My manuscript on sex differences in the neuroendocrine regulation of seasonal aggression was recently published in Proceedings of the Royal Society B: Biological Sciences! In this study, I showed that male and female hamsters exhibit different neuroendocrine responses to treatment with short-day photoperiods or timed melatonin injections, despite both sexes showing increased aggression. Specifically, I found that SD and melatonin-treated males show an increase in the activity of 3β-HSD, an enzyme that mediates steroid production and metabolism, in the adrenal glands, whereas females show reductions in adrenal and neural 3β-HSD activity. These findings suggest a potential role for 3β-HSD in modulating seasonal aggression and highlight how distinct neuroendocrine mechanisms may underlie the same behavioral phenotypes in males and females.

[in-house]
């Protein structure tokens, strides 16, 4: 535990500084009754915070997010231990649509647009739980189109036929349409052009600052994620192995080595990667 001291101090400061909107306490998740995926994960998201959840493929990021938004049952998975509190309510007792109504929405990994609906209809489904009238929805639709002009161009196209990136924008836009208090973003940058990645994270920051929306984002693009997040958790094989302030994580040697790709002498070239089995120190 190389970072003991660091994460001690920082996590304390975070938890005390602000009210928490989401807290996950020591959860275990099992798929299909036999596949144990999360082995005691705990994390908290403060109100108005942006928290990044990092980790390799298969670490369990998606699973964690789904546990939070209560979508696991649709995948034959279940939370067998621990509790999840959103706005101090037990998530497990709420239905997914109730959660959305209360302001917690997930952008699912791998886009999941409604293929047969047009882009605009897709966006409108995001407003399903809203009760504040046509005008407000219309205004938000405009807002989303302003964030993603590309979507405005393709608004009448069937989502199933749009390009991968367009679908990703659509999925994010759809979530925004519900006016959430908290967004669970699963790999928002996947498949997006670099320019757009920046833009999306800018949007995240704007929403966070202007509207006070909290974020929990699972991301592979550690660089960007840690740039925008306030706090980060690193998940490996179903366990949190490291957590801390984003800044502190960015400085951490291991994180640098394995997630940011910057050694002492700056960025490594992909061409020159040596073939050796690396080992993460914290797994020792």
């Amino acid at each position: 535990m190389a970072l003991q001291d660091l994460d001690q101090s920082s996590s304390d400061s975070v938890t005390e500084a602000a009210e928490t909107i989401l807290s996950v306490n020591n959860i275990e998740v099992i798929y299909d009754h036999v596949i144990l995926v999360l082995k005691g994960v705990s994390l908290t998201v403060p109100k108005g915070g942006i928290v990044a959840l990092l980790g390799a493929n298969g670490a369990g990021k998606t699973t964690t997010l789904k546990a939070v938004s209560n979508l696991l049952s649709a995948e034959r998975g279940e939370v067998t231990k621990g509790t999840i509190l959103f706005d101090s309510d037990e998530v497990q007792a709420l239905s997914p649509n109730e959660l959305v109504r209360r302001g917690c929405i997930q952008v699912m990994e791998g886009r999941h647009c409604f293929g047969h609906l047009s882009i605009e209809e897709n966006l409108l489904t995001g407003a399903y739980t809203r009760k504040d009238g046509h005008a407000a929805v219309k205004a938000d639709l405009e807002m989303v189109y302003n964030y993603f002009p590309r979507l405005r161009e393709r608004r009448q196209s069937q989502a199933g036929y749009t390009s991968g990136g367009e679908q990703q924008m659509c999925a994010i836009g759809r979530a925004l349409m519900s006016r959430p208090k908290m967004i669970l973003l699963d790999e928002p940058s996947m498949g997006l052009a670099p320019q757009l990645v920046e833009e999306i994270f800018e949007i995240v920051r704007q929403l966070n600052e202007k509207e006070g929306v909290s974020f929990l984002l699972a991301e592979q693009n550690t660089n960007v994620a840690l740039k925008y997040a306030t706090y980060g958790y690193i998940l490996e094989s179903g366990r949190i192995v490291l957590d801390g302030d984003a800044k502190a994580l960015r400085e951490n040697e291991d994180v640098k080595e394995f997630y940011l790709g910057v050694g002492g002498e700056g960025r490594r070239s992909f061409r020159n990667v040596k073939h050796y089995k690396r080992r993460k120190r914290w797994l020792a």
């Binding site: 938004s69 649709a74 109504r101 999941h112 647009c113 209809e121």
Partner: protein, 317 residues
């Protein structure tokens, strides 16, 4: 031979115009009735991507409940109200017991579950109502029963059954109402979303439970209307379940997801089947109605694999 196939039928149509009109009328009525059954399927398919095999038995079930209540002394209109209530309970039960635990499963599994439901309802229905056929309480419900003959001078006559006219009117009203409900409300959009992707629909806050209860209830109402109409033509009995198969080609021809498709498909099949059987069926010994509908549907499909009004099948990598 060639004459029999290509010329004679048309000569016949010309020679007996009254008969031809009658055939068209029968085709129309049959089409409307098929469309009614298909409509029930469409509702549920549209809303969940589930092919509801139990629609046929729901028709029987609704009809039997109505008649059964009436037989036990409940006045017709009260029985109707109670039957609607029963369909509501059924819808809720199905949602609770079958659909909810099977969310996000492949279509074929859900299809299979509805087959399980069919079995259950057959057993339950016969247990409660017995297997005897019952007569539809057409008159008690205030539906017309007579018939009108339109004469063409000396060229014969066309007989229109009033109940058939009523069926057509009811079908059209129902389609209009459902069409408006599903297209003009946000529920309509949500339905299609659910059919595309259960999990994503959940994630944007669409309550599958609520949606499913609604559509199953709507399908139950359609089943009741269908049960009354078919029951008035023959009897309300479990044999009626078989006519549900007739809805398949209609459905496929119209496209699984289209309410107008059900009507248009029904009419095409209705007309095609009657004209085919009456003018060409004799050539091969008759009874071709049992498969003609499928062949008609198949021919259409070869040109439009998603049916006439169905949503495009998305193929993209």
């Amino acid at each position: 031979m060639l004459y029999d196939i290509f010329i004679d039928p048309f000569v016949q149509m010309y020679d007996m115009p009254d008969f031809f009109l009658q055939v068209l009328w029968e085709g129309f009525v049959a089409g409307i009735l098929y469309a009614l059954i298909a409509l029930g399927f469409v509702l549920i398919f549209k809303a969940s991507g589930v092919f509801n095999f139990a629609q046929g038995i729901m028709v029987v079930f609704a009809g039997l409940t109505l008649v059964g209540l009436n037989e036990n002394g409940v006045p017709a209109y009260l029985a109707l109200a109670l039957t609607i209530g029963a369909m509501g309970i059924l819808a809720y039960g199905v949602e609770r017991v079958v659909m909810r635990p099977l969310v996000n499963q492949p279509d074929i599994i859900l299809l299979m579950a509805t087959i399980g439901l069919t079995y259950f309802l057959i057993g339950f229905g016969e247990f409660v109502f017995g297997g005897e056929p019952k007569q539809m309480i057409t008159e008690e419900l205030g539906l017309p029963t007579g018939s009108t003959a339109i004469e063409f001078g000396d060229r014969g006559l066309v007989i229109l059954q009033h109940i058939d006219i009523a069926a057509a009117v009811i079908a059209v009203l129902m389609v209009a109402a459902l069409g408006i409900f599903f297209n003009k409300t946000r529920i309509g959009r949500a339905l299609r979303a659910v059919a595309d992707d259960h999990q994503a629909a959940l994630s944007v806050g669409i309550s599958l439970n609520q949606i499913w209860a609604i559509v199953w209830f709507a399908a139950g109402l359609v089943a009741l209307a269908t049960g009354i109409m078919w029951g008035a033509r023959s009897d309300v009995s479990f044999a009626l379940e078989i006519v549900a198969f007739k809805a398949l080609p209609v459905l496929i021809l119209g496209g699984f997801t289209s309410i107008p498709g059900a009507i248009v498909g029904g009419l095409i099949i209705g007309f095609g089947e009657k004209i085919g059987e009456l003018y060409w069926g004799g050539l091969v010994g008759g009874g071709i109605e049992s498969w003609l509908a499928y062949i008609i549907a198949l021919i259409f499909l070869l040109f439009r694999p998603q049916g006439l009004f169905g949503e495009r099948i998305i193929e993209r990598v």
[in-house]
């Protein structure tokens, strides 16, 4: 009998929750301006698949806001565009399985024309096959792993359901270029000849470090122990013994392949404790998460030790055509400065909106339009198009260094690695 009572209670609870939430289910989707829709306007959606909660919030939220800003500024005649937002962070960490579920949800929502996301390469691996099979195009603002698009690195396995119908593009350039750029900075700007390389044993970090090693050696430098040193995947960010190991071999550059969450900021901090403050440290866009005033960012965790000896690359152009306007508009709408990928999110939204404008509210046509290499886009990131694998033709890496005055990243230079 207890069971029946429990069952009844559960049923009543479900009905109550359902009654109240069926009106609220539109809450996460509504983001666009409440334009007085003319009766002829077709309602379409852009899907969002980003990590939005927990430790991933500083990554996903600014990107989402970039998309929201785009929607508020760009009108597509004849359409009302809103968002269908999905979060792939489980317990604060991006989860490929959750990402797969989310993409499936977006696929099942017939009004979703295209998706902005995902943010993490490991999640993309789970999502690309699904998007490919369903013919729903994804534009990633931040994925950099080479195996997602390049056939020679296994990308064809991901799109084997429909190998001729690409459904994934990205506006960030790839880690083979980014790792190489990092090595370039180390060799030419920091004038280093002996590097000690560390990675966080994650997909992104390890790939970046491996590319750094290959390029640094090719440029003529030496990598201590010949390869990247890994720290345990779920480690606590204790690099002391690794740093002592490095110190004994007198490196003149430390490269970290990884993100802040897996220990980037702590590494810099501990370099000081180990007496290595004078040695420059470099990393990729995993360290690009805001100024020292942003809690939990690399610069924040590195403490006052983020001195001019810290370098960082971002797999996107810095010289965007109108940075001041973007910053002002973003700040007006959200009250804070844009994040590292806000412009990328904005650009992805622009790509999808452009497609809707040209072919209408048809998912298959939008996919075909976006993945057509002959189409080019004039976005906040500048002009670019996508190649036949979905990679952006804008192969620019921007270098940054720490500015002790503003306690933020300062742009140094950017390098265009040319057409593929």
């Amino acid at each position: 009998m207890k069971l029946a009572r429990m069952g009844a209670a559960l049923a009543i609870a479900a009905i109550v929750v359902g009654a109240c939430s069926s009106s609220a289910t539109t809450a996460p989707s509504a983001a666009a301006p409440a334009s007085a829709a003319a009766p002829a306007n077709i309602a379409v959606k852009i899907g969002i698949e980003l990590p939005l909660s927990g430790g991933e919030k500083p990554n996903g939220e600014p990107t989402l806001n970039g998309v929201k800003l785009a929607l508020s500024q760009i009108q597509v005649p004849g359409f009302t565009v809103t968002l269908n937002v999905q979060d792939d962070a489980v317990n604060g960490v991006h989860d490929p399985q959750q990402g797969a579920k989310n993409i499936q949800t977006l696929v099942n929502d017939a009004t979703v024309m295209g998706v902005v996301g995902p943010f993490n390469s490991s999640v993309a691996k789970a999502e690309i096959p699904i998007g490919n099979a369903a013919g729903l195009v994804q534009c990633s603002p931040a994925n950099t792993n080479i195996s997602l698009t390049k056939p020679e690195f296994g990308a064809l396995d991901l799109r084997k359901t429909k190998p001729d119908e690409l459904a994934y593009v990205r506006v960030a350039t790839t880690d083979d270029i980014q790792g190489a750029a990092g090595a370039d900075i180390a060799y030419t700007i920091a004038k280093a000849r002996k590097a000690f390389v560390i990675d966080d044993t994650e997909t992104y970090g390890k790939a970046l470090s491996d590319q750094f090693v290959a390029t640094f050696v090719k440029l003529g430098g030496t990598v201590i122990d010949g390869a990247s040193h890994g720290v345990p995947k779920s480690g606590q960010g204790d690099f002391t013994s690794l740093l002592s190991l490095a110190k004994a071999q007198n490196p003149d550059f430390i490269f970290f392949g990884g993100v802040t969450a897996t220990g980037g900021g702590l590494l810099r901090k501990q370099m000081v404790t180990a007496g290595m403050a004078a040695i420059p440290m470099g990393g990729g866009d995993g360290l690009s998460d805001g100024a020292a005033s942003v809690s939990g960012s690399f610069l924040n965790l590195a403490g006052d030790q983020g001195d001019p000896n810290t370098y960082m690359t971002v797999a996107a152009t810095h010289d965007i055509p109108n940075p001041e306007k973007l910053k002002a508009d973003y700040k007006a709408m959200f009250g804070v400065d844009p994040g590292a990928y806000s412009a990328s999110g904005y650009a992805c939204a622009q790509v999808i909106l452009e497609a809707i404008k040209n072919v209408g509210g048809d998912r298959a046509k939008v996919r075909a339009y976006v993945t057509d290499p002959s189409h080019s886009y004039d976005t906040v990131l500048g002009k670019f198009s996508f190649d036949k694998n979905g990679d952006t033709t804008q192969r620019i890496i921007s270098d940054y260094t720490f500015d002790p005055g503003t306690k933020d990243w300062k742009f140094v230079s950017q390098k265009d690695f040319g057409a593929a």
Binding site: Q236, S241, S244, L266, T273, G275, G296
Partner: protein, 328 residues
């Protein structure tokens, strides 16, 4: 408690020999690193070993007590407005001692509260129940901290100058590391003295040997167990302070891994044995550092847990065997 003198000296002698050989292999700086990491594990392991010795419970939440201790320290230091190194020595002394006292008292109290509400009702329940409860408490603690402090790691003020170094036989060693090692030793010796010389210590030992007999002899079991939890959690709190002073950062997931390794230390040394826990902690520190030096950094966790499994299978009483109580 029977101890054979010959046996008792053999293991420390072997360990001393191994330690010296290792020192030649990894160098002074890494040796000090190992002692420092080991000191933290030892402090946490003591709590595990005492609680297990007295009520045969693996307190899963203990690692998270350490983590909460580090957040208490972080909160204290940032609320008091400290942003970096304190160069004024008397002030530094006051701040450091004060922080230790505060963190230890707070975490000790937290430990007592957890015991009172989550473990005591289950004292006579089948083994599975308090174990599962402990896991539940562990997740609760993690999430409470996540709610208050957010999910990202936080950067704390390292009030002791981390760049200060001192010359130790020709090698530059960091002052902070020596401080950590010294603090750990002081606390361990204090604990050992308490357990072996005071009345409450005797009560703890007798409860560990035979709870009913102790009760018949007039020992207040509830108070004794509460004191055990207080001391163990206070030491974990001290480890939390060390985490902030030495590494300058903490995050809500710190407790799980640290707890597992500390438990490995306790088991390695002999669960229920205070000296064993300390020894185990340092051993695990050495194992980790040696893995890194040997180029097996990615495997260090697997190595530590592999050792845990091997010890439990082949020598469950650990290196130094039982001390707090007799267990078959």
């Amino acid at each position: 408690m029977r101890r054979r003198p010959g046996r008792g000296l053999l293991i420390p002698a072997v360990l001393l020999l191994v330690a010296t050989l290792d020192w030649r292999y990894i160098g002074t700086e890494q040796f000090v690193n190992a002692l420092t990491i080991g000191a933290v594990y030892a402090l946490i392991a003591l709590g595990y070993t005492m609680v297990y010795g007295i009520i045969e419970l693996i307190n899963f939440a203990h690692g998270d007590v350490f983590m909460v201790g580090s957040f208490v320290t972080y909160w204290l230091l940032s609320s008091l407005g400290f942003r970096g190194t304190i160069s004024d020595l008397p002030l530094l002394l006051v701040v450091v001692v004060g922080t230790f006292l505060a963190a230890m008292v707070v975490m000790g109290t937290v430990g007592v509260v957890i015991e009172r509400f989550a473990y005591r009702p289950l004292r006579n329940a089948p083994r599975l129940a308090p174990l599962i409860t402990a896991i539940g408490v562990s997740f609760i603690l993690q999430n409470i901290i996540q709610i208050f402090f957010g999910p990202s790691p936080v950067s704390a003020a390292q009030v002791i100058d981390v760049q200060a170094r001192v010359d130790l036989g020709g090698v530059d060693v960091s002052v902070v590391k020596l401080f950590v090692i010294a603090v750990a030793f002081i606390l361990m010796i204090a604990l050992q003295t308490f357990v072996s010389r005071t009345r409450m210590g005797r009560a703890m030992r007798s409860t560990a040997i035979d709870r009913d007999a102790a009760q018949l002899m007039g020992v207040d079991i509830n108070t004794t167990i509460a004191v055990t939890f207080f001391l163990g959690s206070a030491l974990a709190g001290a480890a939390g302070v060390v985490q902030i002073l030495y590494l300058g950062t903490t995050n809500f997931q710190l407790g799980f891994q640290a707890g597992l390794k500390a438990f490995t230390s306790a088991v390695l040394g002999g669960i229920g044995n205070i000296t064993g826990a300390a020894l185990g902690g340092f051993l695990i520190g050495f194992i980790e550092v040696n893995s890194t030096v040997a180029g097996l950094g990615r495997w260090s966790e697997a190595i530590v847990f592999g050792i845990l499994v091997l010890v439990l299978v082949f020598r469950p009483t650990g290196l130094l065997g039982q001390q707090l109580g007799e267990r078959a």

A link for the manuscript can be found under the “Publications” page and can also be accessed here.